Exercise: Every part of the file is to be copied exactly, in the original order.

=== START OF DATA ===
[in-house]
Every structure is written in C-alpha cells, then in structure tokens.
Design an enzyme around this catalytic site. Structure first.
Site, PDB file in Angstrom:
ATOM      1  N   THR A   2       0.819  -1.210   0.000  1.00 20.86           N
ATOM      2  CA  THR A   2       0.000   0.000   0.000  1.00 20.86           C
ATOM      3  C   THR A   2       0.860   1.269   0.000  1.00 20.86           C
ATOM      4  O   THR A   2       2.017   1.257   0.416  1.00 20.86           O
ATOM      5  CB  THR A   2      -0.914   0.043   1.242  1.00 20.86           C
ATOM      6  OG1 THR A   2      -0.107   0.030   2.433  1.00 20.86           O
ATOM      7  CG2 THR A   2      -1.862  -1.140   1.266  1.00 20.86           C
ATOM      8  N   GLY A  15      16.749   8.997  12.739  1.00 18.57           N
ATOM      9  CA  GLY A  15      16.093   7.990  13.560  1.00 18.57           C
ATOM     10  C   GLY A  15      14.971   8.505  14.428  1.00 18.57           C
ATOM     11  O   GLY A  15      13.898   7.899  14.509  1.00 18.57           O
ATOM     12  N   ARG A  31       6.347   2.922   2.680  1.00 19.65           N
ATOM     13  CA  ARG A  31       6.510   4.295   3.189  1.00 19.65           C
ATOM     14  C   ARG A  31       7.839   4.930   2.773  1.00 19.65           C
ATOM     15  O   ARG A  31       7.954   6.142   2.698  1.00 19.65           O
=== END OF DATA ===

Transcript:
[in-house]
Every structure is written in C-alpha cells, then in structure tokens.
Design an enzyme around this catalytic site. Structure first.
Site, PDB file in Angstrom:
ATOM      1  N   THR A   2       0.819  -1.210   0.000  1.00 20.86           N
ATOM      2  CA  THR A   2       0.000   0.000   0.000  1.00 20.86           C
ATOM      3  C   THR A   2       0.860   1.269   0.000  1.00 20.86           C
ATOM      4  O   THR A   2       2.017   1.257   0.416  1.00 20.86           O
ATOM      5  CB  THR A   2      -0.914   0.043   1.242  1.00 20.86           C
ATOM      6  OG1 THR A   2      -0.107   0.030   2.433  1.00 20.86           O
ATOM      7  CG2 THR A   2      -1.862  -1.140   1.266  1.00 20.86           C
ATOM      8  N   GLY A  15      16.749   8.997  12.739  1.00 18.57           N
ATOM      9  CA  GLY A  15      16.093   7.990  13.560  1.00 18.57           C
ATOM     10  C   GLY A  15      14.971   8.505  14.428  1.00 18.57           C
ATOM     11  O   GLY A  15      13.898   7.899  14.509  1.00 18.57           O
ATOM     12  N   ARG A  31       6.347   2.922   2.680  1.00 19.65           N
ATOM     13  CA  ARG A  31       6.510   4.295   3.189  1.00 19.65           C
ATOM     14  C   ARG A  31       7.839   4.930   2.773  1.00 19.65           C
ATOM     15  O   ARG A  31       7.954   6.142   2.698  1.00 19.65           O